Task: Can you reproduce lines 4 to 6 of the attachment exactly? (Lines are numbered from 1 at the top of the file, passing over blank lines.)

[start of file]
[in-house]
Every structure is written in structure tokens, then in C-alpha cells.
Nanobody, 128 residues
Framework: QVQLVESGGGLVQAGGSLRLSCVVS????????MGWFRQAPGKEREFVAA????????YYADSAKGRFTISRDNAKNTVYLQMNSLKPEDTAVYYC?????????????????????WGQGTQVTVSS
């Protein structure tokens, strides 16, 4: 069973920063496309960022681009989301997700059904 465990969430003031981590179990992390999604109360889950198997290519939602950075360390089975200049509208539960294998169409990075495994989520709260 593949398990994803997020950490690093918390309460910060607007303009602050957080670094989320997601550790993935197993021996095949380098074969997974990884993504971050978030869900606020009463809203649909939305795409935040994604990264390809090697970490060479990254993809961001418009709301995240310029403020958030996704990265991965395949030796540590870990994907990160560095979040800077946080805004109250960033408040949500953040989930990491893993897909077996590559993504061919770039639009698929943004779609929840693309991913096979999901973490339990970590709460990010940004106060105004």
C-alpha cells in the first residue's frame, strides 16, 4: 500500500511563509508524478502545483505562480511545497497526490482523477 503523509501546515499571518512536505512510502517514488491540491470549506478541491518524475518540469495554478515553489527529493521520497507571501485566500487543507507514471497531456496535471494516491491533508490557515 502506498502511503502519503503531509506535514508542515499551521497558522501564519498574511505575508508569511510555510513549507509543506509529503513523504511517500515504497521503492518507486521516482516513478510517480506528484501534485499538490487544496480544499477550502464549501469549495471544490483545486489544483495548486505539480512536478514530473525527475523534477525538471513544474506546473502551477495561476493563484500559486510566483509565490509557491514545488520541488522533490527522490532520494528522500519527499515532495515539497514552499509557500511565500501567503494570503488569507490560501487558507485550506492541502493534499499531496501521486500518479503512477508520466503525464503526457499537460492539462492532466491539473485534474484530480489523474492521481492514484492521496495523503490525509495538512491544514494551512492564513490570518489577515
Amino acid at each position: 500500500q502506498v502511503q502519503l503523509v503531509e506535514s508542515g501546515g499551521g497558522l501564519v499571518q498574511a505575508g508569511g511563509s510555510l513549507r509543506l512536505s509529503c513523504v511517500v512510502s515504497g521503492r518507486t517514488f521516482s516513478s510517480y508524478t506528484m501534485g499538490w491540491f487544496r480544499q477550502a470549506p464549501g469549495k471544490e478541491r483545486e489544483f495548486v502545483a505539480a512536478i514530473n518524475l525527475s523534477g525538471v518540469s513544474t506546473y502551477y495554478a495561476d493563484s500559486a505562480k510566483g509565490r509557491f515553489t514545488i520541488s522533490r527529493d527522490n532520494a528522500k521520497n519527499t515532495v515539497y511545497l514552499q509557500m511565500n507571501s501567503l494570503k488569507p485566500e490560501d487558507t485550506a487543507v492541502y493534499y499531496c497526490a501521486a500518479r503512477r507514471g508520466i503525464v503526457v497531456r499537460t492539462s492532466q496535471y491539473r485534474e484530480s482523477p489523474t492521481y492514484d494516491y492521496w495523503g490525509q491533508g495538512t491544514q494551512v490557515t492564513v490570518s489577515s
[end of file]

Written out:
Framework: QVQLVESGGGLVQAGGSLRLSCVVS????????MGWFRQAPGKEREFVAA????????YYADSAKGRFTISRDNAKNTVYLQMNSLKPEDTAVYYC?????????????????????WGQGTQVTVSS
């Protein structure tokens, strides 16, 4: 069973920063496309960022681009989301997700059904 465990969430003031981590179990992390999604109360889950198997290519939602950075360390089975200049509208539960294998169409990075495994989520709260 593949398990994803997020950490690093918390309460910060607007303009602050957080670094989320997601550790993935197993021996095949380098074969997974990884993504971050978030869900606020009463809203649909939305795409935040994604990264390809090697970490060479990254993809961001418009709301995240310029403020958030996704990265991965395949030796540590870990994907990160560095979040800077946080805004109250960033408040949500953040989930990491893993897909077996590559993504061919770039639009698929943004779609929840693309991913096979999901973490339990970590709460990010940004106060105004």
C-alpha cells in the first residue's frame, strides 16, 4: 500500500511563509508524478502545483505562480511545497497526490482523477 503523509501546515499571518512536505512510502517514488491540491470549506478541491518524475518540469495554478515553489527529493521520497507571501485566500487543507507514471497531456496535471494516491491533508490557515 502506498502511503502519503503531509506535514508542515499551521497558522501564519498574511505575508508569511510555510513549507509543506509529503513523504511517500515504497521503492518507486521516482516513478510517480506528484501534485499538490487544496480544499477550502464549501469549495471544490483545486489544483495548486505539480512536478514530473525527475523534477525538471513544474506546473502551477495561476493563484500559486510566483509565490509557491514545488520541488522533490527522490532520494528522500519527499515532495515539497514552499509557500511565500501567503494570503488569507490560501487558507485550506492541502493534499499531496501521486500518479503512477508520466503525464503526457499537460492539462492532466491539473485534474484530480489523474492521481492514484492521496495523503490525509495538512491544514494551512492564513490570518489577515